Terms

Trending Market What it Means How it Works

Trending Market What it Means How it Works

Trending Market: What it Means, How it Works

What Is a Trending Market?

A price series that continually closes higher or lower is said to be trending. An upward trending market fluctuates but tends to close higher on average. A downward trending market ends lower regardless of interim moves. Securities in any asset class tend to show trending behavior.

Key Takeaways

  • Trending markets drift higher or lower.
  • All trending asset prices represent trading and investing opportunities.
  • Technical analysts study trends to identify when a trend may end or change.

Understanding Trending Markets

The Efficient Market Hypothesis (EMH) posits that markets are not predictable through prior information. Prices should exhibit a random walk over time. However, trends are not anomalies. Trends are commonplace in any asset class.

A trending market provides trading opportunities for investors, traders, and technical analysts. Technical analysts chart the price pattern of a security or market index to identify trending directions for investment trades. Investors may follow the trending direction of an index that serves as a benchmark for a specific security. These trending market lines can serve as an overlay to a security price chart, forming an additional indicator for market trends.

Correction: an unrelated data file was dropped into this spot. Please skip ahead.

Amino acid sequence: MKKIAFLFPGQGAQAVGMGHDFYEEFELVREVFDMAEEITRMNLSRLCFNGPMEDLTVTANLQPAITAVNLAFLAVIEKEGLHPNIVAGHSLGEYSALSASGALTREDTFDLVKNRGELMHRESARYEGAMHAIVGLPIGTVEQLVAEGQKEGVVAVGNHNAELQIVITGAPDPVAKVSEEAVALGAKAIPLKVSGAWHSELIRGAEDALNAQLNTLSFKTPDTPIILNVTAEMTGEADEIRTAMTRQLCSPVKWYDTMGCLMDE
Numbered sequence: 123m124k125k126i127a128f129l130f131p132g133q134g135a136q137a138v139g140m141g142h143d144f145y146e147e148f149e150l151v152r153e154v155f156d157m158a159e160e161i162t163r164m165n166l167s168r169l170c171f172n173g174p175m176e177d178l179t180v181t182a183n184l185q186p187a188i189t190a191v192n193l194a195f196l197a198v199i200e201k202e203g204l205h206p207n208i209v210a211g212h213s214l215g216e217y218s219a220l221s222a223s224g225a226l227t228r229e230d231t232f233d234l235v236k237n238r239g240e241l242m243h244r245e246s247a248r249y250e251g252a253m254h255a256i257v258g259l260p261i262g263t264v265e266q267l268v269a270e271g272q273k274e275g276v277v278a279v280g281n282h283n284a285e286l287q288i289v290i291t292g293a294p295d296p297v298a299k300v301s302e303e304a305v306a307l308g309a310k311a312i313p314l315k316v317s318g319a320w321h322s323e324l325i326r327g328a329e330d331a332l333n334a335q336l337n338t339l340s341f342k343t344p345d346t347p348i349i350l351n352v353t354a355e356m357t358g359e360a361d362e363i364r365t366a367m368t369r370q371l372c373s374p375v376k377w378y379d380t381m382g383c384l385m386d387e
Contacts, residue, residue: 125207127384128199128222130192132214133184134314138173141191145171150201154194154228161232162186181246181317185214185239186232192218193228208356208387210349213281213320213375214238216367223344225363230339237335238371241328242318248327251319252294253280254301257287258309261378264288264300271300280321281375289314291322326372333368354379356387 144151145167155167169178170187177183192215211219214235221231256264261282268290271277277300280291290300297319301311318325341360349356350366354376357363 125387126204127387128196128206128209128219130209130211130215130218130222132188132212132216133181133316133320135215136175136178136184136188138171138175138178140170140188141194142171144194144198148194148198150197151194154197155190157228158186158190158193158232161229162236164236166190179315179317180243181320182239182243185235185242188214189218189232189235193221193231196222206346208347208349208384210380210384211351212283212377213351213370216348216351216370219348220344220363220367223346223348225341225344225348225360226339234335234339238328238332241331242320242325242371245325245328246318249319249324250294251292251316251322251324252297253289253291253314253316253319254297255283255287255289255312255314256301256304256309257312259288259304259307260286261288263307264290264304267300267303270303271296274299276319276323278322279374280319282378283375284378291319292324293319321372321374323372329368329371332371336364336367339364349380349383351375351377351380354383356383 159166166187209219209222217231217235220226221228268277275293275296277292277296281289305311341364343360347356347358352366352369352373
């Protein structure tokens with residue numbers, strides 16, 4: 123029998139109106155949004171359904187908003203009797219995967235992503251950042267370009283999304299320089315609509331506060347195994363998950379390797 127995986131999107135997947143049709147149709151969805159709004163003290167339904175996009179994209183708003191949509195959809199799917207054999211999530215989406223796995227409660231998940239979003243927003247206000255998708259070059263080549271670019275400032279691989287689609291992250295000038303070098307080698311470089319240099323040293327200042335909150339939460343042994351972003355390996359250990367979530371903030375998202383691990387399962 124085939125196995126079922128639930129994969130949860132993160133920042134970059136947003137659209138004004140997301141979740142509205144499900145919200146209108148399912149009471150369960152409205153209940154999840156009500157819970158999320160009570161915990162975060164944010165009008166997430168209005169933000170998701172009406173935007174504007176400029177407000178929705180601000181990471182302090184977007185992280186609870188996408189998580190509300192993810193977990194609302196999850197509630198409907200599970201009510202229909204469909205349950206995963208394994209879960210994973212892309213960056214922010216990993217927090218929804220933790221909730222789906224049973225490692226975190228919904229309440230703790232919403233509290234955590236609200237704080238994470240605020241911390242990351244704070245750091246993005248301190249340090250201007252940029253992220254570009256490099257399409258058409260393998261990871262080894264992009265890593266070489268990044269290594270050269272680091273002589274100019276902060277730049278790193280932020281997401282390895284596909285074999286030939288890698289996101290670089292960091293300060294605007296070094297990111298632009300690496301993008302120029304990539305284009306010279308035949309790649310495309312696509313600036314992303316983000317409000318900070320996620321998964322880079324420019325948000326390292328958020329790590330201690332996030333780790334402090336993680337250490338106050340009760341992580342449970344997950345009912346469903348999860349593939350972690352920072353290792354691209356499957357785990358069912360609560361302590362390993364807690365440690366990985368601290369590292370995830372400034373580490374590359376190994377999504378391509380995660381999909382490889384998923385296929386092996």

Trending markets are of primary interest in technical analysis. Technical analysts believe that trending markets occur regularly and predictably. The ability to discern these trends correctly can impact investment returns.

Identifying a Trending Market

Traders use patterns and trend lines to identify trending market directions and trading signals for a single security. A trending market can be classified as short-, mid-, or long-term. Trading channels can be drawn to follow a security trend. Common trading channels include:

  • Ascending: In an ascending channel, a security shows a bullish trend represented by positive sloping trend lines.
  • Descending: In a descending channel, a security shows a bearish trend represented by negative sloping lines.
  • Sideways: A security or market index can show a sideways channel, represented by zero-sloping trend lines.
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To indicate buy and sell signals, traders can use resistance and support lines assuming the price remains within its trended pattern. When a price reaches a resistance line, sell orders can be initiated to benefit from a potential reversal to a bearish trend. Conversely, when a price reaches support lines, buy orders can be initiated to profit from a potential reversal to a bullish trend.

Standard trading channels do not fully encompass price movement through reversals and changing trends. This can lead to the use of wedge price patterns, which are ascending or descending channels with non-parallel trend lines pointing to a potential trend reversal.

Envelope channels can also be used to broaden the range of price levels and provide a single channel used over a long period of time. Envelope channels use non-linear trend lines drawn at resistance and support levels to create a moving channel that can encompass both bullish and bearish trends.

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